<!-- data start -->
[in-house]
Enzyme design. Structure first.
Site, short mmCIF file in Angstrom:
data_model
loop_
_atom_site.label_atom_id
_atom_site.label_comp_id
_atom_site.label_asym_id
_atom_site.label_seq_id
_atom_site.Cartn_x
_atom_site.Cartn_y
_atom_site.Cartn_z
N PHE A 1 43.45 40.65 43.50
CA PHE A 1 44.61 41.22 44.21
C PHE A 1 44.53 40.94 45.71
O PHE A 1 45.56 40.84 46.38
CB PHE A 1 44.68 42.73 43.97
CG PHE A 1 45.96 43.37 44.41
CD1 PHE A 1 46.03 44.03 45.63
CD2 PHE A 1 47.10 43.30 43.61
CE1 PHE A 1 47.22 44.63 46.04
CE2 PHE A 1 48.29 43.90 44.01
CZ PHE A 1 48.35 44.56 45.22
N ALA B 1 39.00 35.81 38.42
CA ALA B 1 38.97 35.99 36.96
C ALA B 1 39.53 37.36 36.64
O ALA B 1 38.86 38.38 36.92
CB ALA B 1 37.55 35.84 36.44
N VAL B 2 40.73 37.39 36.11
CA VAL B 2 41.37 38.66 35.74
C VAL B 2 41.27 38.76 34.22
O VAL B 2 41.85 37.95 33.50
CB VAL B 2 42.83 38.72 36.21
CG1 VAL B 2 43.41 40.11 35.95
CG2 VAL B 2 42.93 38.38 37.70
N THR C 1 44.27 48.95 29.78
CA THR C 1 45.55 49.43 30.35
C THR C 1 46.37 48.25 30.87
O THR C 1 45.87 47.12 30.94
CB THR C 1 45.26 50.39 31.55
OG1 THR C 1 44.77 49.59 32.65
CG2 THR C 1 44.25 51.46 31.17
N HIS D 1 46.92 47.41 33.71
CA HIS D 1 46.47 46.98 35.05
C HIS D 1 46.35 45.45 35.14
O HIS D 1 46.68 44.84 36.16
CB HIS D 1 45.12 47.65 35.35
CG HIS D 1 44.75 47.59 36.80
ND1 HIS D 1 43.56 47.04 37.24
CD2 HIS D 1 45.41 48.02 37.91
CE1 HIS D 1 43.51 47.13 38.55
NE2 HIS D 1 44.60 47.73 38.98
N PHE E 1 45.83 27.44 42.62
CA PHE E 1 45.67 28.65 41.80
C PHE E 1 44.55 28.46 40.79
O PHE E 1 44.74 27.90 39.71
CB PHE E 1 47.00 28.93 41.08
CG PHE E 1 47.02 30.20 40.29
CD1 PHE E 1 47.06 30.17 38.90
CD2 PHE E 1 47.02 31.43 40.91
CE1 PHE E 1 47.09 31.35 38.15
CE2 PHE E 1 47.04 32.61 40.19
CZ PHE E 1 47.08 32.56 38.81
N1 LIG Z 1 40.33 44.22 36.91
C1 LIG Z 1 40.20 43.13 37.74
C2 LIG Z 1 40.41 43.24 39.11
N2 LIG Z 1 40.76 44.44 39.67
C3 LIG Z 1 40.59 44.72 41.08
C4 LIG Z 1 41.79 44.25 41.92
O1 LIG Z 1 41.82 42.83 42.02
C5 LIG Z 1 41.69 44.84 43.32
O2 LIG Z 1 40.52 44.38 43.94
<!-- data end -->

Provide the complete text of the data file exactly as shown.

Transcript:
[in-house]
Enzyme design. Structure first.
Site, short mmCIF file in Angstrom:
data_model
loop_
_atom_site.label_atom_id
_atom_site.label_comp_id
_atom_site.label_asym_id
_atom_site.label_seq_id
_atom_site.Cartn_x
_atom_site.Cartn_y
_atom_site.Cartn_z
N PHE A 1 43.45 40.65 43.50
CA PHE A 1 44.61 41.22 44.21
C PHE A 1 44.53 40.94 45.71
O PHE A 1 45.56 40.84 46.38
CB PHE A 1 44.68 42.73 43.97
CG PHE A 1 45.96 43.37 44.41
CD1 PHE A 1 46.03 44.03 45.63
CD2 PHE A 1 47.10 43.30 43.61
CE1 PHE A 1 47.22 44.63 46.04
CE2 PHE A 1 48.29 43.90 44.01
CZ PHE A 1 48.35 44.56 45.22
N ALA B 1 39.00 35.81 38.42
CA ALA B 1 38.97 35.99 36.96
C ALA B 1 39.53 37.36 36.64
O ALA B 1 38.86 38.38 36.92
CB ALA B 1 37.55 35.84 36.44
N VAL B 2 40.73 37.39 36.11
CA VAL B 2 41.37 38.66 35.74
C VAL B 2 41.27 38.76 34.22
O VAL B 2 41.85 37.95 33.50
CB VAL B 2 42.83 38.72 36.21
CG1 VAL B 2 43.41 40.11 35.95
CG2 VAL B 2 42.93 38.38 37.70
N THR C 1 44.27 48.95 29.78
CA THR C 1 45.55 49.43 30.35
C THR C 1 46.37 48.25 30.87
O THR C 1 45.87 47.12 30.94
CB THR C 1 45.26 50.39 31.55
OG1 THR C 1 44.77 49.59 32.65
CG2 THR C 1 44.25 51.46 31.17
N HIS D 1 46.92 47.41 33.71
CA HIS D 1 46.47 46.98 35.05
C HIS D 1 46.35 45.45 35.14
O HIS D 1 46.68 44.84 36.16
CB HIS D 1 45.12 47.65 35.35
CG HIS D 1 44.75 47.59 36.80
ND1 HIS D 1 43.56 47.04 37.24
CD2 HIS D 1 45.41 48.02 37.91
CE1 HIS D 1 43.51 47.13 38.55
NE2 HIS D 1 44.60 47.73 38.98
N PHE E 1 45.83 27.44 42.62
CA PHE E 1 45.67 28.65 41.80
C PHE E 1 44.55 28.46 40.79
O PHE E 1 44.74 27.90 39.71
CB PHE E 1 47.00 28.93 41.08
CG PHE E 1 47.02 30.20 40.29
CD1 PHE E 1 47.06 30.17 38.90
CD2 PHE E 1 47.02 31.43 40.91
CE1 PHE E 1 47.09 31.35 38.15
CE2 PHE E 1 47.04 32.61 40.19
CZ PHE E 1 47.08 32.56 38.81
N1 LIG Z 1 40.33 44.22 36.91
C1 LIG Z 1 40.20 43.13 37.74
C2 LIG Z 1 40.41 43.24 39.11
N2 LIG Z 1 40.76 44.44 39.67
C3 LIG Z 1 40.59 44.72 41.08
C4 LIG Z 1 41.79 44.25 41.92
O1 LIG Z 1 41.82 42.83 42.02
C5 LIG Z 1 41.69 44.84 43.32
O2 LIG Z 1 40.52 44.38 43.94